Voters in one Iowa county of 9,000 cast their ballots the same way people purchase a Big Mac: in the drivethrough. The Bloomfield Fire Department, the usual polling location for Bloomfield, served all of Davis County’s eight sites this year. Cars could pull into the emptied equipment bays — where the firetrucks normally sit — and drivers could vote behind the wheel and then pull forward to exit. All across Iowa, COVID-19 precautions changed the 2020 primary with a huge vote-by-mail push and other steps like curbside or drive-through options happening Tuesday. Rural counties, with fewer options for buildings, got creative.
Editor’s note: This story was produced with support from the University of Southern California’s Annenberg Center for Health Journalism’s National Fellowship and by the Dennis A. Hunt Fund for Health Journalism. Luis bent over his front porch, one knee on a piece of plywood as he muscled an old hand saw through a cut in the wood on a warm day in early February. He was repairing a section of flooring in the small white house he shares with three other men on a quiet street in Mt. Pleasant, Iowa.The cuts became more challenging as the saw caught in the wood. Luis, whose name has been changed for anonymity, shook his head and said he once owned newer power tools that would make the job much easier.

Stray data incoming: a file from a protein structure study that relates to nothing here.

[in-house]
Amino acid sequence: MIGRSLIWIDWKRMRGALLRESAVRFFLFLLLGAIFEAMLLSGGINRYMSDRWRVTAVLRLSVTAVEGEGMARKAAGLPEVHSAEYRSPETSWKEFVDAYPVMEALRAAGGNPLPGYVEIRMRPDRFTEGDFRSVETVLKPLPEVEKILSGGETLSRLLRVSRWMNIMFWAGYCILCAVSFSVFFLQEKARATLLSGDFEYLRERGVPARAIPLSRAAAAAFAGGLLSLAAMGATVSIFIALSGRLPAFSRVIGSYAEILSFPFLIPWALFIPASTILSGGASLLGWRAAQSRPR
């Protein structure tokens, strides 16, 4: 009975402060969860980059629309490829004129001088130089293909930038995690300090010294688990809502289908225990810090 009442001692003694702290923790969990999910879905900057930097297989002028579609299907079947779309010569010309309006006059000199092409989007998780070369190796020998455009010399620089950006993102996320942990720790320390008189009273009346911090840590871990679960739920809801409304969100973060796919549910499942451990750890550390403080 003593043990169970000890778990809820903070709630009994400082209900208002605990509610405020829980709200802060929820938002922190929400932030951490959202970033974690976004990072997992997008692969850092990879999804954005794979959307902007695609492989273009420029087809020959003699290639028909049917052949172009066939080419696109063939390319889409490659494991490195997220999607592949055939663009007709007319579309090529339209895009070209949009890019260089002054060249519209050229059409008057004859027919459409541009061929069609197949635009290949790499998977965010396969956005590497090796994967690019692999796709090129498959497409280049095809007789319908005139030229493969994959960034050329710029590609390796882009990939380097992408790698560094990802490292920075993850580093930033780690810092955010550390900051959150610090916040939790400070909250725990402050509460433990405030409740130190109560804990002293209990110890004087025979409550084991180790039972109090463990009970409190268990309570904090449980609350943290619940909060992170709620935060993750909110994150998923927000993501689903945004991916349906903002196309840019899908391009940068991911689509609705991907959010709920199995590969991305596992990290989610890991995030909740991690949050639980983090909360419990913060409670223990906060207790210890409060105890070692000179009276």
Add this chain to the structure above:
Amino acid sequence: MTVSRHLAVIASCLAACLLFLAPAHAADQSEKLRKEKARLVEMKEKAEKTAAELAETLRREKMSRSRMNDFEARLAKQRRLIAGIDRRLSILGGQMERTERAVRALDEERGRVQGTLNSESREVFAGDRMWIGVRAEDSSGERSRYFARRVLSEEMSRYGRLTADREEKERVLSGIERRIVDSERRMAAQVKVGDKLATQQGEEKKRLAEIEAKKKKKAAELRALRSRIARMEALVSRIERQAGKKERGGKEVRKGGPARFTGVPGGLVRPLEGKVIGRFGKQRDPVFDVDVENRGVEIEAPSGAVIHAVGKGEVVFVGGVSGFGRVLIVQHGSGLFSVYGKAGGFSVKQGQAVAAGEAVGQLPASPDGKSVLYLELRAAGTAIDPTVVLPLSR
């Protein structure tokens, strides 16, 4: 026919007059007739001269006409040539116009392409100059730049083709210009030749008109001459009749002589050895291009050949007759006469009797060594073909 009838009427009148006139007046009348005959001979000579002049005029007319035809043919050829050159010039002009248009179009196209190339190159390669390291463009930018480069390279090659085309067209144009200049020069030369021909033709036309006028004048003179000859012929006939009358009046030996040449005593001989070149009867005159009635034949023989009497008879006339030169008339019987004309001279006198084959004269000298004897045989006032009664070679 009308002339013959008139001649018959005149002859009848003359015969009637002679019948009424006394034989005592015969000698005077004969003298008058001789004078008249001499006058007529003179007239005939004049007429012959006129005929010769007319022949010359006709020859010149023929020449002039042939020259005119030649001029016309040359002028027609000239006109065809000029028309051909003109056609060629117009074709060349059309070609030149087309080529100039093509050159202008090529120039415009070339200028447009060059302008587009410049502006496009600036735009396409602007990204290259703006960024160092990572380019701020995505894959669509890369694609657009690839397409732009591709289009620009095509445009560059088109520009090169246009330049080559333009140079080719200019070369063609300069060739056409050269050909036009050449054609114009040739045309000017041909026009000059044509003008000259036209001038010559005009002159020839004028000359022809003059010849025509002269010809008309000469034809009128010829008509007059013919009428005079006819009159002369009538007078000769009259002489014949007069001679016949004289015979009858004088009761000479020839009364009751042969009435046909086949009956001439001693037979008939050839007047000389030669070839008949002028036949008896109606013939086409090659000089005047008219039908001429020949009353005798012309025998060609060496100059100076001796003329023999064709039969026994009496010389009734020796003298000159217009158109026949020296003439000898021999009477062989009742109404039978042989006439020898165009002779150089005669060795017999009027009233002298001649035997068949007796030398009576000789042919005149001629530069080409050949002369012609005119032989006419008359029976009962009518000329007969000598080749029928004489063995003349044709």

Drunk drivers, motorcyclists and young or distracted motorists make up the majority of those involved in fatal vehicle crashes, and many states are failing to pass key safety measures that could prevent such deaths, according to a new report by a highway safety group. The nonprofit Advocates for Highway and Auto Safety each year releases a report card grading states on their legislative efforts to reduce traffic deaths. The group’s 2020 report credits seven states—Rhode Island, Washington, Delaware, Maine, Oregon, California and Louisiana, along with the District of Columba—with having the best laws to reduce crash deaths. Twelve states—South Dakota, Wyoming, Missouri, Montana, Arizona, Ohio, Florida, Nebraska, Nevada, Vermont, New Hampshire and Virginia—ranked worst in the report card. In 2018, the most recent year for which federal data is available, 36,560 people died in traffic collisions in the U.S. The figure marks a 2.4 percent decrease from 2017, but is still high compared to earlier in the decade.